• Ohyea says:

    18 h, no GPS and twice the price.   :')

    This is not a competition it's a joke and if you can't see it you either stupid, got an iPod stuck between your legs or it's both

  • michaelbourke says:

    As both an early adopter, and smartwach geek, I am so excited about this space right now. I think pitting one against the other is pointless at this point. What we should be doing is applauding each company and their various operating systems for the ongoing investment in the space. Like any tech, whether it be phone, smartwach, fitness bands etc, not one device will satisfy the needs of everyone. Each iteration will improve incrementally, but essentially maintain the same utility. As an Android Wear and Pebble user, I am so happy that Apple have launched the Apple Watch.  All this can do is shine a light on what has deemed to be a uniquely "geek" orientated segment of the market and make the future of the  wearable more significant. What we want as consumers is for companies to maintain their competitive approach to the wearable market, as much as they have for the phone segment. This ultimately will benefit us all. I am anticipating an explosion in this space over the next year or so, and am so incredibly excited for the future of the wearable market.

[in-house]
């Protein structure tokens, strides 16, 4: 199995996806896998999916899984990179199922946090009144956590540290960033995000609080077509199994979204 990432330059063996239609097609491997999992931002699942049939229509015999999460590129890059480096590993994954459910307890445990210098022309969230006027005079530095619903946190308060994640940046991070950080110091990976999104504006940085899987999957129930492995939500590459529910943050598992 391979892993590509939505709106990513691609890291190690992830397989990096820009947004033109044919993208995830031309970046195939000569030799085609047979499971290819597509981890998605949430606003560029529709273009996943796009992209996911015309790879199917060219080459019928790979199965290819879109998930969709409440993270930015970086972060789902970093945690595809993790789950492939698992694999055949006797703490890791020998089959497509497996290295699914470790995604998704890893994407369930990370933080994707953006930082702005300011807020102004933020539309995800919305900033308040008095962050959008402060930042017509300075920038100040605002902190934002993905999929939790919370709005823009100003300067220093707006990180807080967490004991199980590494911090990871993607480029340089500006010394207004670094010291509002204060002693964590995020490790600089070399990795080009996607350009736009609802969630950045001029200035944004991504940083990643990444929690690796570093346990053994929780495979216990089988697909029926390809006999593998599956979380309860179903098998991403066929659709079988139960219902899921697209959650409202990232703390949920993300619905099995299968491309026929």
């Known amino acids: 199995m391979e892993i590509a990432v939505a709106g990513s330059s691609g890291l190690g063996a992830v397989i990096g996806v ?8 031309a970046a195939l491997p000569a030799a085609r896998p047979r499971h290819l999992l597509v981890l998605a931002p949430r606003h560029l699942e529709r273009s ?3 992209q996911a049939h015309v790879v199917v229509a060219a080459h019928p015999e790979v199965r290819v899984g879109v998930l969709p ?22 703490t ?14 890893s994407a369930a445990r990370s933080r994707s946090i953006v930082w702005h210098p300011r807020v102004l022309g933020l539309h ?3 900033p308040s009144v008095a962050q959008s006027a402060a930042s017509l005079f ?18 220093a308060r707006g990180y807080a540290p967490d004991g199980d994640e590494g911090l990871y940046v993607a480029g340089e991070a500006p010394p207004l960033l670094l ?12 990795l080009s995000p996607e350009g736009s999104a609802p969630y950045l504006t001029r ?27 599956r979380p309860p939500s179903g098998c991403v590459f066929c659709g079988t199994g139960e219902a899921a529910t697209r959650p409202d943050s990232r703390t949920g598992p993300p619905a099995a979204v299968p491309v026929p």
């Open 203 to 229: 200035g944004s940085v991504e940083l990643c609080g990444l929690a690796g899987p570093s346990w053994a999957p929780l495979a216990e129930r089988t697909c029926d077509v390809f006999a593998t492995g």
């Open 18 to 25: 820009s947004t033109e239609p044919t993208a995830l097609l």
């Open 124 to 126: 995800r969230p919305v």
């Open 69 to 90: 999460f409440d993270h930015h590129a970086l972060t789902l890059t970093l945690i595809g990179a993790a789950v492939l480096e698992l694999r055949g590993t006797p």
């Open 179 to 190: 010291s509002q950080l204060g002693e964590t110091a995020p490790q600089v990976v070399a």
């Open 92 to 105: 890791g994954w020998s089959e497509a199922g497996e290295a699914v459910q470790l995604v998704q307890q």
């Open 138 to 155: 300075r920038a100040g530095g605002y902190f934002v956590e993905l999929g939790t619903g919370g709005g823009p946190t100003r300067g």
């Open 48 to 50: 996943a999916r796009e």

• hondaboy2001 says:

    I think the real game changer is Tag Heuer.  The new Tag Heuer Connected watch takes smart watches out of the gadget category and makes them a desirable luxury item.  The higher end Apple Watches look exactly like the lower end Apple Watches and neither of them look like a luxury item.

    I think it will be interesting to see how Android Wear and Watch OS develop.

  • inkagneato says:

    I bought 2 apple sports watches at launch and sold them both online with a nice $425 Profit...I just didn't care for the design to buy one for myself, but knew at worst I would get my money back from Apple if I couldn't sell them online....the other thing that makes no sense to me is no stand alone GPS for the Apple Watch...but even if it had that right now, I really still dislike its looks....I really liked an android watch someone at work had....I don't even know the model, just that it was very cool (futuristic) looking....if it were fully compatible with IOS I would have definitely gotten it, but for now, I will just wait till something comes along that is both stylish and works fully with IOS

  • Msean.owensby says: